Washington National Cathedral Behind-the-Scenes

See our Nations Cathedral and a view of Washington, DC like you've never seen before on a two hour behind the scenes private tour of the Washington National Cathedral.  The tour will be led by James W. Shepherd, AIA, LEED, Director of Preservation and Facilities at the Cathedral and Joe Alonso, the Head Stone Mason.  They will give you special access to the highest heights of the towers to the balcony of the Rose window and everything in between.  The tour will include information about the history of the Cathedral, stories of the construction, the 2011 earthquake damage and the repairs that are underway.        

James W. Shepherd AIA, LEED. Director of Preservation and Facilities, Washington National Cathedral

Joe Alonso. Head Stone Mason, Washington National Cathedral  



Rich History of General Montgomery D. Meigs Work at Arlington National Cemetery

This tour to Arlington National Cemetery highlights the rich history of General Montgomery C. Meigs' work.  Arlington National Cemetery Tours, Inc. provides the transportation with site access and expertise well beyond the standard tour.  

Stopping at the Ord & Weitzel gate to see the U.S. Marine Corps War Memorial, and how the original sandstone columns and entablature from the portico of the 1818-1820 War Department Building were reused, deconstructed, and are being conserved in preparation for their reassembly to serve once again as gateways.  Near Arlington House, in what was once part of its famous rose garden, stands a monument dedicated to the unknown soldiers who died in the Civil War. The monument, dedicated in September 1866, was the first memorial at Arlington to be dedicated to unidentified soldiers who had died in battle. 

Other sites visited are the 1873 Tanner Amphitheater, USS Maine Memorial, gravesite of General Meigs and his son, Lieutenant John R. Meigs,President John F. Kennedy gravesite, and the Arlington House (The Robert E. Lee Memorial). 

Christopher H. Marston, HAER Architect, Heritage Documentation Programs, National Park Service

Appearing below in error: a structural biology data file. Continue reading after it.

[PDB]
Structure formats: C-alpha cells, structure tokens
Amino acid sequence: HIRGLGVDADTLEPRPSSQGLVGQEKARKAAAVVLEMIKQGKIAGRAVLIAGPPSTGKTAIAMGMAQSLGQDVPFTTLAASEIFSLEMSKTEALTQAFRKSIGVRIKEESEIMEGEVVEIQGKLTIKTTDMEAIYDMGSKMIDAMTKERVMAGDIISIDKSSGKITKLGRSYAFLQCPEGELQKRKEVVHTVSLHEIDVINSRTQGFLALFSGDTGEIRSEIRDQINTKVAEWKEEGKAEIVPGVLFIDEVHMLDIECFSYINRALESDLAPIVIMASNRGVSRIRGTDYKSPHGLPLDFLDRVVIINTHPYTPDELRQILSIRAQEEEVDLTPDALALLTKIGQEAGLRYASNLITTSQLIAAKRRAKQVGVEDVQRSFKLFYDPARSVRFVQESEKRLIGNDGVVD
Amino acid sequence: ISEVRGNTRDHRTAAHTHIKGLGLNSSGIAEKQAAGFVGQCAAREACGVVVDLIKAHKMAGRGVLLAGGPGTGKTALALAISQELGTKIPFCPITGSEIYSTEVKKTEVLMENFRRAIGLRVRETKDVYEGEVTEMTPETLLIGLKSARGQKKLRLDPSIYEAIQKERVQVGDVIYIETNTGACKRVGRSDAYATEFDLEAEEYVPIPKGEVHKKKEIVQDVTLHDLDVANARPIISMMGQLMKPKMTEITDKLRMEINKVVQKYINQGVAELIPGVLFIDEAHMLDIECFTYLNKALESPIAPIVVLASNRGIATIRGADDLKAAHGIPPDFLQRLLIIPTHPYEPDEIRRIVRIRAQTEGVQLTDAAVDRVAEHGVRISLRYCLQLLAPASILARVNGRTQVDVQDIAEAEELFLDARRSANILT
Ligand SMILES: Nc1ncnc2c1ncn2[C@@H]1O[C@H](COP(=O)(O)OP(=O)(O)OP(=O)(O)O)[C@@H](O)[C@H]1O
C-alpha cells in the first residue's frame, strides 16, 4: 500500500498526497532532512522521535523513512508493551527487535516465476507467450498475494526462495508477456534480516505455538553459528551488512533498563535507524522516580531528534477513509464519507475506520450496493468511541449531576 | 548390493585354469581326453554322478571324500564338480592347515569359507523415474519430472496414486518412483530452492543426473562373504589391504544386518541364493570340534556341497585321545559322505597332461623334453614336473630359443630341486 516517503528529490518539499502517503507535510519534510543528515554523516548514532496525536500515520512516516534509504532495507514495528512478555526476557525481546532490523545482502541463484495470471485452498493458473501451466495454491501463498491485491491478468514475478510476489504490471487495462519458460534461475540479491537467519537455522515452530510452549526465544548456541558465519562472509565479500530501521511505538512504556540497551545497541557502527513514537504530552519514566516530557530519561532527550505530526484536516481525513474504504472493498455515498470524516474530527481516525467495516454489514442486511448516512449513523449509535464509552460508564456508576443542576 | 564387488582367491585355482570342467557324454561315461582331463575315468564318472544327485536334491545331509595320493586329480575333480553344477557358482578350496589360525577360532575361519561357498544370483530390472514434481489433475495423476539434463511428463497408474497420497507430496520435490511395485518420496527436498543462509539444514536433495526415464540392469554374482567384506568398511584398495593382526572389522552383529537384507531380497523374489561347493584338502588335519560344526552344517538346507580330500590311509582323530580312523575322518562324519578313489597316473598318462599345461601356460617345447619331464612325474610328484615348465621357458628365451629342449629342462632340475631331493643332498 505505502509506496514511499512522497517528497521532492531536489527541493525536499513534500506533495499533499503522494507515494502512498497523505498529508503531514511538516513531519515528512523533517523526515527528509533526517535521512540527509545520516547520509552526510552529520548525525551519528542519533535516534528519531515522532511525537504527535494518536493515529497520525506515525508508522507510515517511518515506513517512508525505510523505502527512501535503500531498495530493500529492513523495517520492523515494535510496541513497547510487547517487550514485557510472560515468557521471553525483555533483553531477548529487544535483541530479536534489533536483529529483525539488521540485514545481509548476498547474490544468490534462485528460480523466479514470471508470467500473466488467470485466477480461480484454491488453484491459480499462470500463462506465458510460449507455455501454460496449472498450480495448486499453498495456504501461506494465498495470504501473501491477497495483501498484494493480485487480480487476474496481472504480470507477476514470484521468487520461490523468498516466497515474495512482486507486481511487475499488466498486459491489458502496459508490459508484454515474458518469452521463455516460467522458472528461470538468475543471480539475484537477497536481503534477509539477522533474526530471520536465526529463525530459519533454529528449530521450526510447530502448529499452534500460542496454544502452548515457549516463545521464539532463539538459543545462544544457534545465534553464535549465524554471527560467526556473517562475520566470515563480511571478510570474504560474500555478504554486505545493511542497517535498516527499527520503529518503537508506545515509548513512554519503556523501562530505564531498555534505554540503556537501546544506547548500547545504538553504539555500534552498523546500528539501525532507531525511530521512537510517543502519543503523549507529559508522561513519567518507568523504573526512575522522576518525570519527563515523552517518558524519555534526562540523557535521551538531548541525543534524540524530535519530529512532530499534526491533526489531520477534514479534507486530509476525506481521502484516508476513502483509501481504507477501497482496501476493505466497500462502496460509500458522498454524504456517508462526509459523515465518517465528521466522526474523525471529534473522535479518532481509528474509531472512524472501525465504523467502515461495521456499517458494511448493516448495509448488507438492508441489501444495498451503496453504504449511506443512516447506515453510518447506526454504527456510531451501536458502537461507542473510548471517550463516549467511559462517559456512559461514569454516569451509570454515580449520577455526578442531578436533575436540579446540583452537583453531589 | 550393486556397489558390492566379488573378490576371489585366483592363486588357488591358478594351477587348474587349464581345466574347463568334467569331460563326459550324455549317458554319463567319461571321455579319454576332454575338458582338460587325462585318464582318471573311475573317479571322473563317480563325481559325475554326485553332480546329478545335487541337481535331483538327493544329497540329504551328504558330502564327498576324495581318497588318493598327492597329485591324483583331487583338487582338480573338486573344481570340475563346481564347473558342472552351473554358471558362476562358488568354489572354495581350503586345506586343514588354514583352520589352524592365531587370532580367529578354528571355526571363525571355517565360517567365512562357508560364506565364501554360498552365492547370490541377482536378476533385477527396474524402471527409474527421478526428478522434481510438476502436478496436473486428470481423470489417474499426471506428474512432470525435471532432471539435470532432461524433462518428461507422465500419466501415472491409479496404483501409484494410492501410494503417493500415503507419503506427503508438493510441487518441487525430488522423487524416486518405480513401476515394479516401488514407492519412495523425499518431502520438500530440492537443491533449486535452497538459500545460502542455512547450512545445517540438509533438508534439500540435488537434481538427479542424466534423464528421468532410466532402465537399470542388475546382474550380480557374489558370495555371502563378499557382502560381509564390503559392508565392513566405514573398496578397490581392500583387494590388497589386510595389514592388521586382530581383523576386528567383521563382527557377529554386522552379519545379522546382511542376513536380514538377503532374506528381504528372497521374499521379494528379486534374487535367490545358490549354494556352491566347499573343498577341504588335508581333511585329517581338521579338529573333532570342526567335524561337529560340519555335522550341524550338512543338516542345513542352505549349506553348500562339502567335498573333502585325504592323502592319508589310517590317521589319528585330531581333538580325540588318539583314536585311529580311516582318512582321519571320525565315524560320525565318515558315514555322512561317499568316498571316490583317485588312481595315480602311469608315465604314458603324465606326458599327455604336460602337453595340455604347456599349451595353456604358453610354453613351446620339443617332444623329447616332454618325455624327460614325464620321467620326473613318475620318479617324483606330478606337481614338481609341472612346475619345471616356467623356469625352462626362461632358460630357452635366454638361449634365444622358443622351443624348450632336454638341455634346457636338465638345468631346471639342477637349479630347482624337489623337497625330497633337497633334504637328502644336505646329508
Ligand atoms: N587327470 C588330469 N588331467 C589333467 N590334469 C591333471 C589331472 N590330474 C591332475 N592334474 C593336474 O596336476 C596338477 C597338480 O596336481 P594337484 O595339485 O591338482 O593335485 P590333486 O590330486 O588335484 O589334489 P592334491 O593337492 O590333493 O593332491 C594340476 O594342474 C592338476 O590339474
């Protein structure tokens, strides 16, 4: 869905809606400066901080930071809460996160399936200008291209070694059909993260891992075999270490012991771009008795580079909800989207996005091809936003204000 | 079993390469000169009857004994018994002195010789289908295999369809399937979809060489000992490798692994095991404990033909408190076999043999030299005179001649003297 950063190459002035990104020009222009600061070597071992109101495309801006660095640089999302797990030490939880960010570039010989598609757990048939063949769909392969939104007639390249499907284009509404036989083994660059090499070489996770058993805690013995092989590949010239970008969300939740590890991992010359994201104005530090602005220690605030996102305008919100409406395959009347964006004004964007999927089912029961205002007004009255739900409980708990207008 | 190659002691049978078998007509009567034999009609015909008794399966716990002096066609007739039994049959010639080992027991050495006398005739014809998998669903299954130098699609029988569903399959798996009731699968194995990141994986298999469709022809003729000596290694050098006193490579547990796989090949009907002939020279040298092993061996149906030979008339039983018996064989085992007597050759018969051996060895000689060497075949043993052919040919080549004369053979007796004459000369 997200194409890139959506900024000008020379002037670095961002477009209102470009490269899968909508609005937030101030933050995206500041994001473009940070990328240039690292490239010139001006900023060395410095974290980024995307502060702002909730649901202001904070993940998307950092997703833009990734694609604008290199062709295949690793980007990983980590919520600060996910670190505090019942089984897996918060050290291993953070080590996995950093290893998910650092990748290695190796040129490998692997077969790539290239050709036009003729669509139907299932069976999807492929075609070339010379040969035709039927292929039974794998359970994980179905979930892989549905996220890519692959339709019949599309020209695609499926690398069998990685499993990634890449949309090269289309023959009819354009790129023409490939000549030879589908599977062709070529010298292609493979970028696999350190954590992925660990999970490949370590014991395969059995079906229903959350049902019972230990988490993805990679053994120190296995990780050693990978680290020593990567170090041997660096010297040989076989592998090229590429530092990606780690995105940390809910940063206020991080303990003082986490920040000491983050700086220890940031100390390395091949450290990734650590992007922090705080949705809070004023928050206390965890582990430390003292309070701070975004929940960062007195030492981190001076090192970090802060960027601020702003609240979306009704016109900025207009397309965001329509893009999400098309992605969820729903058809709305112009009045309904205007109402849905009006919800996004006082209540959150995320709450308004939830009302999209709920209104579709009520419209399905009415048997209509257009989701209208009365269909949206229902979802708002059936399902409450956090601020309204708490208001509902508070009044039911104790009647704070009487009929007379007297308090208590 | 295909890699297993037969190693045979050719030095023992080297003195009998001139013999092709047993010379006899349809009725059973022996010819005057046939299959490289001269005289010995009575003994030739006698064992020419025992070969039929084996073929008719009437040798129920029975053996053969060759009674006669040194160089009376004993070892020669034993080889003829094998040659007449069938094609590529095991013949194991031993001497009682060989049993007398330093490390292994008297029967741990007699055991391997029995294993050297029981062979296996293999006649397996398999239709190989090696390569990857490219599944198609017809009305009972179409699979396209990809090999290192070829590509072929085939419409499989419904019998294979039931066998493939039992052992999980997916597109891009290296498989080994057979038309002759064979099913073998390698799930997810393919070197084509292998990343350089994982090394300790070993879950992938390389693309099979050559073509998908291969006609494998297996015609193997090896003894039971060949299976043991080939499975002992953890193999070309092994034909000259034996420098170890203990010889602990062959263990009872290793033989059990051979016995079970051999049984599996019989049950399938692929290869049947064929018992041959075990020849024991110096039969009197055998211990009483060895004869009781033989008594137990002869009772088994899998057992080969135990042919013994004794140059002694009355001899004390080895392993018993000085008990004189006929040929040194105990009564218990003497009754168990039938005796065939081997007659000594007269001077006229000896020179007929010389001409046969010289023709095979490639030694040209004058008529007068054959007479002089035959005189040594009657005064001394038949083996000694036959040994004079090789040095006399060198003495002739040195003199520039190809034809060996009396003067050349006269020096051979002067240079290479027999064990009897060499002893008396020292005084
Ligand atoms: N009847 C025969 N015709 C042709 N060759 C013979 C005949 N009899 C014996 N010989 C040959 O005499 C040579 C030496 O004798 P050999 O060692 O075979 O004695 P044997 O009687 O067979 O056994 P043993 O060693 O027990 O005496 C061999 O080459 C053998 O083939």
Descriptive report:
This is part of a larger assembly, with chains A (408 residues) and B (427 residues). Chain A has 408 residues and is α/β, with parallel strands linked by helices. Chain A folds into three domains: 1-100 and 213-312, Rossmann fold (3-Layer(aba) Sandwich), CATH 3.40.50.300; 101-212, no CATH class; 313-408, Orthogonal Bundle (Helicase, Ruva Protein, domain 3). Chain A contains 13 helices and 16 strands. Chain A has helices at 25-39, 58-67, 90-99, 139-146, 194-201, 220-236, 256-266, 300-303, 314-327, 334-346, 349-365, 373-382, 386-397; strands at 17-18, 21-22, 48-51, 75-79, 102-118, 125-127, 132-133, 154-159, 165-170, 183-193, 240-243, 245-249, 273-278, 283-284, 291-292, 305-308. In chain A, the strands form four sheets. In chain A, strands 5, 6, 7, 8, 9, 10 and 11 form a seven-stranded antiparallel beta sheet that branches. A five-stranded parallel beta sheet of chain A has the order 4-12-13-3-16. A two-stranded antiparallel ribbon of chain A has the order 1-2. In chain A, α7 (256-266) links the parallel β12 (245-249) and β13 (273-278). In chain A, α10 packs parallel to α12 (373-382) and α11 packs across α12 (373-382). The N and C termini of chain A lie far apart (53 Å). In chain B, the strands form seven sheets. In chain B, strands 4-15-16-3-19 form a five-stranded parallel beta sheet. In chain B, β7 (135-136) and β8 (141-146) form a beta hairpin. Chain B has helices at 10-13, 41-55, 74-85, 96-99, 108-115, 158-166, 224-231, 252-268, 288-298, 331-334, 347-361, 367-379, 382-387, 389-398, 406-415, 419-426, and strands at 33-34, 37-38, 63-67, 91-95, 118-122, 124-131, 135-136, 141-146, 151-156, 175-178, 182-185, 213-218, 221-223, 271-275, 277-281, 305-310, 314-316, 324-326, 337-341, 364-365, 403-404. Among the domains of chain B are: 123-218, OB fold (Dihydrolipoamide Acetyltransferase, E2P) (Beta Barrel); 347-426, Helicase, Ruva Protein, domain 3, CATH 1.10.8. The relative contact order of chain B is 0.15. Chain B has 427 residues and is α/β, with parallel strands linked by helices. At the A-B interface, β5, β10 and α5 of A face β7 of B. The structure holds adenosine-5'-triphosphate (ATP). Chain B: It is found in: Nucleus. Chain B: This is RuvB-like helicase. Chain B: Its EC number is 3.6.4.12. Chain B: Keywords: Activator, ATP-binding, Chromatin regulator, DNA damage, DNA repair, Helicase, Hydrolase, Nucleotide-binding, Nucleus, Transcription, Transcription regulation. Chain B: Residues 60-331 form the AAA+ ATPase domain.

Rebecca L. Stevens, AIA, Cultural Resources Manager, Arlington National Cemetery



Historic Lighting Design at Washington Union Station: D.H. Burnham & Company’s Challenges and Creative Solutions


In 1907, D.H. Burnham & Co.’s Beaux-Arts Washington Union Station opened to immense

fanfare and praise in response to nearly every aspect of the building’s design, including the

innovative lighting design. Throughout the public spaces of the station, lead architect Peirce

Anderson maximized the amount of natural light in the station during the day through the

strategic use of skylights and replicated the effects of natural light at night using concealed and

ornamental lighting elements.

This tour will give attendees an inside look at D.H. Burnham & Co.’s creative and architecturally

impressive solutions to the challenges of lighting the monumental spaces at Washington Union

Station. The historic lighting design will be discussed within the context of the original design

and construction of Union Station and attendees will be taken through the Main Hall (including

at the mezzanine level behind the Legionnaires), the West Hall, the East Hall, the Presidential

Suite, and the Retail Concourse.


Kevin Wohlgemuth. Architectural Conservator, Building Conservation Associates, Inc.

Michele Boyd. Director of Preservation Services, Building Conservation Associates, Inc.

Sarah Mayersohn. Document/Archive Manager, Union Station Redevelopment Corporation (USRC)



WDC_spring-12 91.jpg